We recently covered how to submit your XML sitemap to Google as part of your onsite SEO efforts, so we wanted to be sure we circled back to talk about submitting that same XML sitemap to Bing, as well.
Submitting the XML sitemap is a great way to tell search engines about all the content on your website and make it quicker and easier for the search engines to find, index and return the website in search results.
Steps to Submit the XML Sitemap to Bing
Jot down the URL for your website’s XML sitemap. For example, com/sitemap.xml.
The way we interact online is constantly evolving. For brands, we’re finding new ways to connect with consumers – and it is becoming even easier for those consumers to tell the world about their experiences with brands. This week, we take a look at some new opportunities – and risks – to consider when we’re building connections out in the digital space.
Website Magazine:User Reviews Are King Online reviews can either make or break your business. Twenty-two percent of users will not buy after reading just ONE negative review, and consumers are likely to spend 31 percent more on a business with excellent reviews. This handy infographic explores how valuable – or potentially damaging – an online review, and your response, can be for your business. Read more after the jump…
“Five years ago, you could do SEO in your sleep. Now, you have to actually be awake.” – Bruce Clay
Mobile-first index, AMP, PWAs, featured snippets, chatbots, voice search, virtual assistants… The world of SEO is changing – and changing fast. There were 1,623 Google algorithm changes in the past year alone. That’s an average of four to five updates per day.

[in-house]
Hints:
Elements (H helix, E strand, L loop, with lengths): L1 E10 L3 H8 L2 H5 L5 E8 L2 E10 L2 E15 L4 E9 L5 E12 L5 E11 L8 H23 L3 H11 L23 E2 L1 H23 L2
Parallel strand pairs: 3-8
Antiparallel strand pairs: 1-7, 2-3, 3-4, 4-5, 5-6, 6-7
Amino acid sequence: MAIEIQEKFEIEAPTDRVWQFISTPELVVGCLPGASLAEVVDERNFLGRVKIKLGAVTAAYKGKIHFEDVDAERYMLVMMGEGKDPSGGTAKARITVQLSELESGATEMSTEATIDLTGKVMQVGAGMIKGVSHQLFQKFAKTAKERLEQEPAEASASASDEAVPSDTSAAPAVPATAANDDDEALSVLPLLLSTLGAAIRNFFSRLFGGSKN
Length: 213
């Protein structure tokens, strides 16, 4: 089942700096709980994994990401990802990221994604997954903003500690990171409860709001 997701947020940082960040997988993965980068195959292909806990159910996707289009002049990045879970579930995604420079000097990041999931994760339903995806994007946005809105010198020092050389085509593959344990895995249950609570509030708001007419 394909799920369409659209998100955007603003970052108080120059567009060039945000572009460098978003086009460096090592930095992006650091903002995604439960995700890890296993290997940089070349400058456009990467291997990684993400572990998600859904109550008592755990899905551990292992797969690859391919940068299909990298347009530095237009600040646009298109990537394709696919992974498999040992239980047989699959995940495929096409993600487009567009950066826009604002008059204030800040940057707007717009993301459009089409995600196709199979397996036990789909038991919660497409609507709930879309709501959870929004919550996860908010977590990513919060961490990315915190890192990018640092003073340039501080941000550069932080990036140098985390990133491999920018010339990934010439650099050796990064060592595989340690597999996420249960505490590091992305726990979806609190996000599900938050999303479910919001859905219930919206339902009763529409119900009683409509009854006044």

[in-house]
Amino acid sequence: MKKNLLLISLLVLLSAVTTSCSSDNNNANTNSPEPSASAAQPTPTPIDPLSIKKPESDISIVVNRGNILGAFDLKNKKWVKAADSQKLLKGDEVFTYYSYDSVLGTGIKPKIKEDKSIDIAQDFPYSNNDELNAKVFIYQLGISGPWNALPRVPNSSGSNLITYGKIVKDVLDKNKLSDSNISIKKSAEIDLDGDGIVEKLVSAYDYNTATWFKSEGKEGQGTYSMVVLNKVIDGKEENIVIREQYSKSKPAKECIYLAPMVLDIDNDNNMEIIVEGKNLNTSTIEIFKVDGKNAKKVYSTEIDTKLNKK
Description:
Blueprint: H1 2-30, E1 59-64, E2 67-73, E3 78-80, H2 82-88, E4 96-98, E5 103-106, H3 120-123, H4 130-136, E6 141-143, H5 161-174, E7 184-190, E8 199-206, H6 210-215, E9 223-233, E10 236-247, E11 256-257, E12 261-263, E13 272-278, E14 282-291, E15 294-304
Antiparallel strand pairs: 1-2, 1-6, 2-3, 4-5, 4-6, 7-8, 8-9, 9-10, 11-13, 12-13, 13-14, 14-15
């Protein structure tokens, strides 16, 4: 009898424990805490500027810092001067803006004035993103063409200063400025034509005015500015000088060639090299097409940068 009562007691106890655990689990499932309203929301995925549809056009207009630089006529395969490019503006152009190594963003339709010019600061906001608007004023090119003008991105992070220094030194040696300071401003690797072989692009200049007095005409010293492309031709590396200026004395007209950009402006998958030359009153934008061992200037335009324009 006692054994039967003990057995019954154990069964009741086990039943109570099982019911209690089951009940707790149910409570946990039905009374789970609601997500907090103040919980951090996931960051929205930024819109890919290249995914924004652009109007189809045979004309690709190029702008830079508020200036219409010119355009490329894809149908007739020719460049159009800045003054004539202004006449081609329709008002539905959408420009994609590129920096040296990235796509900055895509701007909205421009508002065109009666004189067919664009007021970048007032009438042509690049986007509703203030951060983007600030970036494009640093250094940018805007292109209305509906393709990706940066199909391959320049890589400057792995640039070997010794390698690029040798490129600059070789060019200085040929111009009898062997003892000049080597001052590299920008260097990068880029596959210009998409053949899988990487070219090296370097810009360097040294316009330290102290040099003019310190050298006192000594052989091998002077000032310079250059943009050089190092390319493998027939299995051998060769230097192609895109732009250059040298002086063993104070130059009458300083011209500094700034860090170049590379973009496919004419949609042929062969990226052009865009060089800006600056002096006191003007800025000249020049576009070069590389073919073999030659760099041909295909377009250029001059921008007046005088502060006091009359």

I had a blast learning about some of these current and upcoming changes while attending the SMX Advanced conference in Seattle this week. Three days of back-to-back sessions – chock full of nothing but search, search, search. I even joked on day two that there was some hidden meaning in the fact that several of us had to search long and hard to find not only a place to sit to eat our hot lunches, but also to find silverware with which to eat them.
By the end of day three I walked away better equipped to serve GroundFloor Media’s and CenterTable’s clients and excited to for what’s to come. This conference packed quite a punch for those who work (or play) in the search marketing world – and certainly left me wanting more. But like all good things, SMX had to come to an end (until the next one anyway). Here are a few of the many takeaways from the conference:
Top Ranking Factors and Algorithm Updates
Top ranking factors in 2017 include more content, more images and faster speeds – and, obviously, mobile/responsiveness.